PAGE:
Winter Holidays > Coping with Holidaze: ideas
One of the great blessings I get from being a part of the MISS Foundation
is to be a part of the facilitator's mailing list. A few weeks back, Kim
Lotz sent around a note for an idea about helping bereaved parents through
the holidays (see article this month titled, "Holiday Gift Giving
Idea: Adapted"). And soon after her post, many other facilitators
came forward with these FABULOUS ideas for how they cope with the holidays
and how they help other bereaved families to get through it all. I was
so overwhelmed and encouraged by this out-pouring that I decided to compile
the ideas into a list for our Kota readers.
Hope that you, too, will find inspiration and courage from these amazing
ideas -- the holidays are never easy after the death of a child. It doesn't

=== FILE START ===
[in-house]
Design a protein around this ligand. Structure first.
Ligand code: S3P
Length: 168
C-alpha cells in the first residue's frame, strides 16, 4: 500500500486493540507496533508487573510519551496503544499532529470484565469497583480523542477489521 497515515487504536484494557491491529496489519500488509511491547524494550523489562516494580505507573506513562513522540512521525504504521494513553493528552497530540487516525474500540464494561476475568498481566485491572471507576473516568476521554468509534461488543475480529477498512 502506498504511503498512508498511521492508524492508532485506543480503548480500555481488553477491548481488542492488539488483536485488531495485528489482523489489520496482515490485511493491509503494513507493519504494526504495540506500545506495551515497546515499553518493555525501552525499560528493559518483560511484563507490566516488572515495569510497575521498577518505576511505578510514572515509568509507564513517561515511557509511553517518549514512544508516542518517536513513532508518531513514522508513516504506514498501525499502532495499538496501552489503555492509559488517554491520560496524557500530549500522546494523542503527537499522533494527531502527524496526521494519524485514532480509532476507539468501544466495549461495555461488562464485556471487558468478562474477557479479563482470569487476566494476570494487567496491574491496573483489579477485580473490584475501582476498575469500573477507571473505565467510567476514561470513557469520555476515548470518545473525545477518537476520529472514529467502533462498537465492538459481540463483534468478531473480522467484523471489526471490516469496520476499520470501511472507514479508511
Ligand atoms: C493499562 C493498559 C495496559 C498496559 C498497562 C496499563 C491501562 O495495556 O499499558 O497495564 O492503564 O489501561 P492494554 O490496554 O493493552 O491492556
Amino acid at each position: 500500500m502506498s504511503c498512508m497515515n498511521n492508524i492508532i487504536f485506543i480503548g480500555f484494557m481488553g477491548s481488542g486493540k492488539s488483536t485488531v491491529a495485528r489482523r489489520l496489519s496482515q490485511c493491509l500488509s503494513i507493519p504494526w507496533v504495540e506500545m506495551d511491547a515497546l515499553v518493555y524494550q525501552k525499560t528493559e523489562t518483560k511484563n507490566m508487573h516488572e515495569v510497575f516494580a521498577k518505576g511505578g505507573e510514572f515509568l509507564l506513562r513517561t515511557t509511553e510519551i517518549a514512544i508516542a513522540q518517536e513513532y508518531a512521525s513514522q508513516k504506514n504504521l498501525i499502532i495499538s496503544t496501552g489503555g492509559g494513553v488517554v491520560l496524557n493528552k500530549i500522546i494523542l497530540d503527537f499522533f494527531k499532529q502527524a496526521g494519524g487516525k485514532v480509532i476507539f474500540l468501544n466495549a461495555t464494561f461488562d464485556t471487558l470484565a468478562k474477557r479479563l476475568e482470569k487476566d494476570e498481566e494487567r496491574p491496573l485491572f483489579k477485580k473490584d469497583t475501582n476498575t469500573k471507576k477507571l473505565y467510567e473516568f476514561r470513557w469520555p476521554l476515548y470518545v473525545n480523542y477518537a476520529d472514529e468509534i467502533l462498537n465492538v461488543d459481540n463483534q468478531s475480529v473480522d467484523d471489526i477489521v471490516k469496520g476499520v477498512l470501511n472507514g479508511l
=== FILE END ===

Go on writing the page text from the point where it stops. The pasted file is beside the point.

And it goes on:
matter how long it has been. So take heart, you are not alone. Take comfort,
you might find some support in one of these:
From Jana, California Chapter of the MISS Foundation
I made a point to have some memento at each Holiday [support group]
meeting, which means just about every month. For our first meetings,
I try to give a pin to each parent (hand or foot print) with their child's
name on it. Usually it is worn to Group only. For March I did a clover
with the child's name, for December - an ornament. The quilt squares
are wonderful too. You can supply the pre-cut
fabric and batting, along with puffy paint, buttons, etc... and work
on them together during a meeting. I was surprised how into it the Dads